4 level of soluble mesothelin-related protein is elevated in the serum of about 75% of patients at diagnosis and it has been suggested that it may be useful for screening 18. Doctors have begun testing the assay which measures levels of soluble mesothelin-related proteins (SMRPs) released by diseased mesothelioma cells 19. Pathophysiology The mesothelium consists of a single layer of flattened to cuboidal cells forming the epithelial lining of the serous cavities of the body including the peritoneal, pericardial and pleural cavities. Deposition of asbestos fibers in the parenchyma of the lung may result in the penetration of the visceral pleura from where the fiber can then be carried to the pleural surface, thus leading to the development of malignant mesothelial plaques. The processes leading to the development of peritoneal mesothelioma remain unresolved, although it has been proposed that asbestos fibers from the lung are transported to the abdomen and associated organs via the lymphatic system. Additionally, asbestos fibers may be deposited in the gut after ingestion of sputum contaminated with asbestos fibers. Pleural contamination with asbestos or other mineral fibers has been shown to cause cancer. Long thin asbestos fibers (blue asbestos, amphibole fibers) are more potent carcinogens than "feathery fibers" (chrysotile or white asbestos fibers). However, there is now evidence that smaller particles may be more dangerous than the larger fibers. They remain suspended in the air where they can be inhaled, and may penetrate more easily and deeper into the lungs. Mesothelioma development in rats has been demonstrated following intra-pleural inoculation of phosphorylated chrysotile fibers. It has been suggested that in humans, transport of fibers to the pleura is critical to the pathogenesis of mesothelioma. This is supported by the observed recruitment of significant numbers of macrophages and other cells of the system to localized lesions of accumulated asbestos fibers in the pleural and peritoneal cavities of rats. These lesions continued to attract and accumulate macrophages as the disease progressed, and cellular changes within the lesion culminated in a morphologically malignant tumour. Experimental evidence suggests that asbestos acts as a complete carcinogen with the development of mesothelioma occurring in sequential stages of initiation and promotion. The molecular mechanisms underlying the malignant transformation of normal mesothelial cells by asbestos fibers remain unclear despite the demonstration of its oncogenic capabilities. However, complete in vitro transformation of normal human mesothelial cells to malignant phenotype following exposure to asbestos fibers has not yet been achieved. In general, asbestos fibers are thought to act through direct physical interactions with the cells of the mesothelium in conjunction with indirect effects following interaction with inflammatory cells such as macrophages. Analysis of the interactions between asbestos fibers and DNA has shown that phagocytosed fibers are able to make contact with chromosomes, often adhering to the chromatin fibers or becoming entangled within the chromosome. This contact between the asbestos fiber and the chromosomes or structural proteins of the spindle apparatus can induce complex abnormalities. The most common abnormality is monosomy of chromosome 22. Other frequent abnormalities include structural rearrangement of 1p, 3p, 9p and 6q chromosome arms. Common gene abnormalities in mesothelioma cell lines include deletion of the tumour suppressor genes: Neurofibromatosis type 2 at 22q12 P16 INK4A P14 ARF Asbestos has also been shown to mediate the entry of foreign DNA into target cells. Incorporation of this foreign DNA may lead to mutations and oncogenesis by several possible mechanisms: Inactivation of tumor suppressor genes Activation of oncogenes Activation of proto-oncogenes due to incorporation of foreign DNA containing a promoter region Activation of DNA repair enzymes, which may be prone to error Activation of telomerase Prevention of apoptosis Asbestos fibers have been shown to alter the function and secretory properties of macrophages, ultimately creating conditions which favour the development of mesothelioma. Following asbestos phagocytosis, macrophages generate increased amounts of hydroxyl radicals, which are normal by-products of cellular anaerobic metabolism. However, these free radicals are also known clastogenic and membrane-active agents thought to promote asbestos carcinogenicity. These oxidants can participate in the oncogenic process by directly and indirectly interacting with DNA, modifying membrane-associated cellular events, including oncogene activation and perturbation of cellular antioxidant defences. Asbestos also may possess immunosuppressive properties. For example, chrysotile fibres have been shown to depress the in vitro proliferation of phytohemagglutinin-stimulated peripheral blood lymphocytes, suppress natural killer cell lysis and significantly reduce lymphokine-activated killer cell viability and recovery. Furthermore, genetic alterations in asbestos-activated macrophages may result in the release of potent mesothelial cell mitogens such as platelet-derived growth factor (PDGF) and transforming growth factor-β (TGF-β) which in turn, may induce the chronic stimulation and proliferation of mesothelial cells after injury by asbestos fibres. Treatment and Management The prognosis for malignant mesothelioma remains disappointing, although there have been some modest improvements in prognosis from newer chemotherapies and multimodality treatments 20. Treatment of malignant International Journal of Pharmaceutical Sciences Review and Research Page 151

5 mesothelioma at earlier stages has a better prognosis, but cures are exceedingly rare. Clinical behaviour of the malignancy is affected by several factors including the continuous mesothelial surface of the pleural cavity which favours local metastasis via exfoliated cells, invasion to underlying tissue and other organs within the pleural cavity, and the extremely long latency period between asbestos exposure and development of the disease. The histological subtype and the patient's age and health status also help predict prognosis. Surgery Surgery, by itself, has proved disappointing. In one large series, the median survival with surgery (including extra pleural pneumonectomy) was only 11.7 months. However, research indicates varied success when used in combination with radiation and chemotherapy. A pleurectomy is the most common surgery, in which the lining of the chest is removed. Less common is an extra pleural pneumonectomy (EPP), in which the lung, lining of the inside of the chest, the hemi-diaphragm and the pericardium are removed. Radiation For patients with localized disease, and who can tolerate a radical surgery, radiation is often given post-operatively as a consolidative treatment. The entire hemi-thorax is treated with radiation therapy, often given simultaneously with chemotherapy. This approach of using surgery followed by radiation with chemotherapy has been pioneered by the thoracic oncology team at Brigham & Women's Hospital in Boston 21. Delivering radiation and chemotherapy after a radical surgery has led to extended life expectancy in selected patient populations with some patients surviving more than 5 years. As part of a curative approach to mesothelioma, radiotherapy is also commonly applied to the sites of chest drain insertion, in order to prevent growth of the tumor along the track in the chest wall. Although mesothelioma is generally resistant to curative treatment with radiotherapy alone, palliative treatment regimens are sometimes used to relieve symptoms arising from tumor growth, such as obstruction of a major blood vessel. Radiation therapy when given alone with curative intent has never been shown to improve survival from mesothelioma. The necessary radiation dose to treat mesothelioma that has not been surgically removed would be very toxic. Chemotherapy Chemotherapy is the only treatment for mesothelioma that has been proven to improve survival in randomised and controlled trials. The landmark study published in 2003 by Vogelzang and colleagues compared cisplatin chemotherapy alone with a combination of cisplatin and pemetrexed (brand name Alimta) chemotherapy) in patients who had not received chemotherapy for malignant pleural mesothelioma previously and were not candidates for more aggressive "curative" surgery 22. This trial was the first to report a survival advantage from chemotherapy in malignant pleural mesothelioma, showing a statistically significant improvement in median survival from 10 months in the patients treated with cisplatin alone to 13.3 months in the combination pemetrexed group in patients who received supplementation with folate and vitamin B 12. Vitamin supplementation was given to most patients in the trial and pemetrexed related side effects were significantly less in patients receiving pemetrexed when they also received daily oral folate 500mcg and intramuscular vitamin B mcg every 9 weeks compared with patients receiving pemetrexed without vitamin supplementation. The objective response rate increased from 20% in the cisplatin group to 46% in the combination pemetrexed group. Some side effects such as nausea and vomiting, stomatitis, and diarrhoea were more common in the combination pemetrexed group but only affected a minority of patients and overall the combination of pemetrexed and cisplatin was well tolerated when patients received vitamin supplementation; both quality of life and lung function tests improved in the combination pemetrexed group. In February 2004, the United States Food and Drug Administration approved pemetrexed for treatment of malignant pleural mesothelioma. However, there are still unanswered questions about the optimal use of chemotherapy, including when to start treatment, and the optimal number of cycles to give. Cisplatin in combination with raltitrexed has shown an improvement in survival similar to that reported for pemetrexed in combination with cisplatin, but raltitrexed is no longer commercially available for this indication. For patients unable to tolerate pemetrexed, cisplatin in combination with gemcitabine or vinorelbine is an alternative, or vinorelbine on its own, although a survival benefit has not been shown for these drugs. For patients in whom cisplatin cannot be used, carboplatin can be substituted but non-randomised data have shown lower response rates and high rates of haematological toxicity for carboplatin-based combinations, albeit with similar survival figures to patients receiving cisplatin 23. In January 2009, the United States FDA approved using conventional therapies such as surgery in combination with radiation and or chemotherapy on stage I or II Mesothelioma after research conducted by a nationwide study by Duke University concluded an almost 50 point increase in remission rates. Immunotherapy Treatment regimens involving immunotherapy have yielded variable results. For example, intrapleural inoculation of Bacillus Calmette-Guérin (BCG) in an attempt to boost the immune response was found to be of no benefit to the patient (while it may benefit patients with bladder cancer). Mesothelioma cells proved susceptible to in vitro lysis by LAK cells following activation by interleukin-2 (IL-2), but patients undergoing this particular therapy experienced major side effects. Indeed, this trial was suspended in view of the unacceptably high levels of IL-2 toxicity and the severity of side effects such as fever and cachexia. Nonetheless, other trials involving interferon alpha have proved more International Journal of Pharmaceutical Sciences Review and Research Page 152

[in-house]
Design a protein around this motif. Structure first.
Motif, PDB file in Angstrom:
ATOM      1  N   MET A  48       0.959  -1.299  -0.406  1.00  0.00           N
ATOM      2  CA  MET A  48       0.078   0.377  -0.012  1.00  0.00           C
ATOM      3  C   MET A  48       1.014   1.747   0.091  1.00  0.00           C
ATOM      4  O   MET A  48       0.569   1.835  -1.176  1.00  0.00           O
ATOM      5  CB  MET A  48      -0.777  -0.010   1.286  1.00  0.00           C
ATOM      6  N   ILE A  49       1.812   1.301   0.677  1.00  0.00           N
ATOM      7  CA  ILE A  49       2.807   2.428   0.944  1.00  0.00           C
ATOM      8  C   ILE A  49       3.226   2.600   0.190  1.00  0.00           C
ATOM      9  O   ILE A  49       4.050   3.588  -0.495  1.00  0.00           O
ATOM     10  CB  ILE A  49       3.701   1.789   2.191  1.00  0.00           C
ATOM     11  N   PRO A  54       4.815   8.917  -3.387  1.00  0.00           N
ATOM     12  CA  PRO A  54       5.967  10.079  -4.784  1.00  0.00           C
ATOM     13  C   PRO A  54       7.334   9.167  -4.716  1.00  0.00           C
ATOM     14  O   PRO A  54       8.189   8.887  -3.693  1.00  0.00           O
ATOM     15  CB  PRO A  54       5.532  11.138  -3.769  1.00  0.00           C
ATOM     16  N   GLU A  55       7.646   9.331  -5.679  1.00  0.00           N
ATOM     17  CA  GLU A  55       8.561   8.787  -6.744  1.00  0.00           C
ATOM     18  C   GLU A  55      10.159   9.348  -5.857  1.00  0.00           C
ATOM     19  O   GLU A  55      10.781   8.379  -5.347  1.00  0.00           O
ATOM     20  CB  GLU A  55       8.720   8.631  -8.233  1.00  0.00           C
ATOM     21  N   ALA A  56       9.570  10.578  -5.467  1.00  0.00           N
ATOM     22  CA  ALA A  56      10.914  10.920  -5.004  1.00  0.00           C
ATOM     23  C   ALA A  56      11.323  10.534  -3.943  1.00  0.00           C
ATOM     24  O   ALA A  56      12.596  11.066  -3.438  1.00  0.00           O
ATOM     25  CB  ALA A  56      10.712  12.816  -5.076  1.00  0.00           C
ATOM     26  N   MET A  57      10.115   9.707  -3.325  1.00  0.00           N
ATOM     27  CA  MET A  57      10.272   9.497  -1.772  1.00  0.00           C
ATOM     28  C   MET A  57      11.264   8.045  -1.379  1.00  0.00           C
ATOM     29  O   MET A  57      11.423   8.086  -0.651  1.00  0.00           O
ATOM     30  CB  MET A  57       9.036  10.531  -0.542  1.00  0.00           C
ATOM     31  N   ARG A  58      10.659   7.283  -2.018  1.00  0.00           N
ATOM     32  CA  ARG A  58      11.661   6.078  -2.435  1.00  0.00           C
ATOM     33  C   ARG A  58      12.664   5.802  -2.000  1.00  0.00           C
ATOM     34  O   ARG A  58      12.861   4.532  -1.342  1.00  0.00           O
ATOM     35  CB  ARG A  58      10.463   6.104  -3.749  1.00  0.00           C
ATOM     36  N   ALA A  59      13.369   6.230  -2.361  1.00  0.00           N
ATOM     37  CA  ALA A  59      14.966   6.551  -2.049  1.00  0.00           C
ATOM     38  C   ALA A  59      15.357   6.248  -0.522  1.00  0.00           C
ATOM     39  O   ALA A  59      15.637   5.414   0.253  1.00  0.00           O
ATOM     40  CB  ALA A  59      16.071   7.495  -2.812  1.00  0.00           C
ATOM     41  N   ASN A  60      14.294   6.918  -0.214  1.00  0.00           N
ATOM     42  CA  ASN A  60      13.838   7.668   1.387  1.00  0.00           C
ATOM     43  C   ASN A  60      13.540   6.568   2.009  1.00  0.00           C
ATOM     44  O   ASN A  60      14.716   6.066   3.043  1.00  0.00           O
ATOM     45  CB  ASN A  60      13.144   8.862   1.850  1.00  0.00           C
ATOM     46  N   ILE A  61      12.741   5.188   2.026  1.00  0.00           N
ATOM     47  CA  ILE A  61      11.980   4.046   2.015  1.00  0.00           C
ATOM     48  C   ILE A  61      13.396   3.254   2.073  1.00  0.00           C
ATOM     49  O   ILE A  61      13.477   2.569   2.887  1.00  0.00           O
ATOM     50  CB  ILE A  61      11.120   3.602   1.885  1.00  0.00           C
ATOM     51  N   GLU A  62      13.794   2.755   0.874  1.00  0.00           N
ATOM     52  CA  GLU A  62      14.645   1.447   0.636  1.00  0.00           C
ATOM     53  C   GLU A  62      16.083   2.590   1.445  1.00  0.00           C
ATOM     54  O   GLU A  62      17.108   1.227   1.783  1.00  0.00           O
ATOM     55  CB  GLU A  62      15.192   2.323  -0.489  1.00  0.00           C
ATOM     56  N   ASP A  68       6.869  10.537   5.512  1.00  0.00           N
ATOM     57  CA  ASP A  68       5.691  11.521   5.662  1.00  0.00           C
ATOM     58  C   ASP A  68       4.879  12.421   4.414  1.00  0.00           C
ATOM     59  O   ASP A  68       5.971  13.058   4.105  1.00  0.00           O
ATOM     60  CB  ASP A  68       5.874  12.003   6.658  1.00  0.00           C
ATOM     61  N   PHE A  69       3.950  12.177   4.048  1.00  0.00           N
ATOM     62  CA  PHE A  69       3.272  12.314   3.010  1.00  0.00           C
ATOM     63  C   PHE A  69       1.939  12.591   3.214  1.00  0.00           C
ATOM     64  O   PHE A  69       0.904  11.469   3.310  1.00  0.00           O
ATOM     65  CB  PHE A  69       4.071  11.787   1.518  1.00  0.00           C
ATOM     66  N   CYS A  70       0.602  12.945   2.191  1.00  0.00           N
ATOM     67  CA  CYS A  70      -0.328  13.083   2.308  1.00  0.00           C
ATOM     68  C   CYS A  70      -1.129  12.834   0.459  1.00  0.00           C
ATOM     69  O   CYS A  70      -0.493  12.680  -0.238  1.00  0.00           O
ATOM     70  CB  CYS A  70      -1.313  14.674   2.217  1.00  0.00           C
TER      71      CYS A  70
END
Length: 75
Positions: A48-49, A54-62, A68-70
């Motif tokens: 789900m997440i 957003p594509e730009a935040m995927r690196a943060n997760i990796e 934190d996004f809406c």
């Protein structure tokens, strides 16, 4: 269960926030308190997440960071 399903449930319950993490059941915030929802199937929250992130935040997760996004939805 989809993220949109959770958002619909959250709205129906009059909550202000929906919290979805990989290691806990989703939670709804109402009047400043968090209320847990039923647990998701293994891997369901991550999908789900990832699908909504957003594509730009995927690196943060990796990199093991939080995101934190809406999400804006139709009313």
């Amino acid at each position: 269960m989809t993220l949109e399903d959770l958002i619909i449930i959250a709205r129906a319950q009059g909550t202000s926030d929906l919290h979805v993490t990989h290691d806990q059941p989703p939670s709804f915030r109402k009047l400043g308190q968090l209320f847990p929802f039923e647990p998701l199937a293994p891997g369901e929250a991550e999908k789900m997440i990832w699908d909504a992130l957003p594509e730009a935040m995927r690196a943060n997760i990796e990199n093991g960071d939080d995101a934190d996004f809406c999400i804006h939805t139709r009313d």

6 encouraging with 20% of patients experiencing a greater than 50% reduction in tumor mass combined with minimal side effects. Heated Intraoperative Intraperitoneal Chemotherapy A procedure known as heated intraoperative intraperitoneal chemotherapy was developed by Paul Sugarbaker at the Washington Cancer Institute 24. The surgeon removes as much of the tumor as possible followed by the direct administration of a chemotherapy agent, heated to between 40 and 48 C, in the abdomen. The fluid is perfused for 60 to 120 minutes and then drained. This technique permits the administration of high concentrations of selected drugs into the abdominal and pelvic surfaces. Heating the chemotherapy treatment increases the penetration of the drugs into tissues. Also, heating itself damages the malignant cells more than the normal cells. This technique is also used in patients with malignant pleural mesothelioma 25. Multimodality Therapy All of the standard approaches to treating solid tumours radiation, chemotherapy, and surgery have been investigated in patients with malignant pleural mesothelioma. Although surgery, by itself, is not very effective, surgery combined with adjuvant chemotherapy and radiation (trimodality therapy) has produced significant survival extension (3 14 years) among patients with favourable prognostic factors. However, other large series of examining multimodality treatment have only demonstrated modest improvement in survival (median survival 14.5 months and only 29.6% surviving 2 years). Reducing the bulk of the tumor with cytoreductive surgery is key to extending survival. Two surgeries have been developed: extra pleural pneumonectomy and pleurectomy/decortication. The indications for performing these operations are unique. The choice of operation depends on the size of the patient's tumor. This is an important consideration because tumor volume has been identified as a prognostic factor in mesothelioma 26. Pleurectomy/decortication spares the underlying lung and is performed in patients with early stage disease when the intention is to remove all gross visible tumor (macroscopic complete resection), not simply palliation 27. Extra pleural pneumonectomy is a more extensive operation that involves resection of the parietal and visceral pleurae, underlying lung, ipsilateral diaphragm, and ipsilateral pericardium. This operation is indicated for a subset of patients with more advanced tumours, who can tolerate a pneumonectomy 28 Possible Vaccine for Mesothelioma Researchers have demonstrated the safety of a potential vaccine against mesothelioma, a rare cancer associated primarily with asbestos exposure. The vaccine, which infuses a patient's own dendritic cells (DC) with antigen from the patient's tumour, was able to induce a T-cell response against mesothelioma tumours. The U.S. and other developed countries have prohibited the use of asbestos for decades, but the time between asbestos exposure and diagnosis of mesothelioma can be up to 50 years. The incidence of mesothelioma, therefore, is still on the rise and expected to continue to increase until Once diagnosed, mesothelioma has a median survival time of 12 months. The standard chemotherapeutic treatment only improves survival time by about three months. The anticipated increase in the incidence of mesothelioma, together with the paucity of treatment options, has spurred considerable interest in the development of new therapies. Immunotherapy, which uses the body's own immune system to target and destroy cancer cells, has been shown to have some promise 29. Mouse model for mesothelioma reproduces human disease Scientists have established a mouse model 30 for human malignant mesothelioma that will provide valuable insight into cancer development and progression along with new directions for design of therapeutic strategies. The research, published by Cell Press in the March issue of Cancer Cell, may eventually lead to a substantially improved outlook for patients with this devastating disease. "There is an urgent need for experimental models of malignant mesothelioma that can be used to not only study the onset and progression of the disease, but also to serve as a model to select new combination therapies and targeted agents," says study leader, Dr. Anton Berns, from The Netherlands Cancer Institute. Epidemiology Although reported incidence rates have increased in the past 20 years, mesothelioma is still a relatively rare cancer. The incidence rate is approximately one per 1,000,000. The highest incidence is found in Britain, Australia and Belgium: 30 per 1,000,000 per year 31.For comparison, populations with high levels of smoking can have a lung cancer incidence of over 1,000 per 1,000,000. Incidence of malignant mesothelioma currently ranges from about 7 to 40 per 1,000,000 in industrialized Western nations, depending on the amount of asbestos exposure of the populations during the past several decades 32 It has been estimated that incidence may have peaked at 15 per 1,000,000 in the United States in Incidence is expected to continue increasing in other parts of the world. Mesothelioma occurs more often in men than in women and risk increases with age, but this disease can appear in either men or women at any age. Approximately one fifth to one third of all mesotheliomas is peritoneal. Acknowledgement: The authors are thankful to the Management of K.N.G.D Modi Institute of Pharmaceutical Education & Research for providing facilities to utilize the library and internet in the college. International Journal of Pharmaceutical Sciences Review and Research Page 153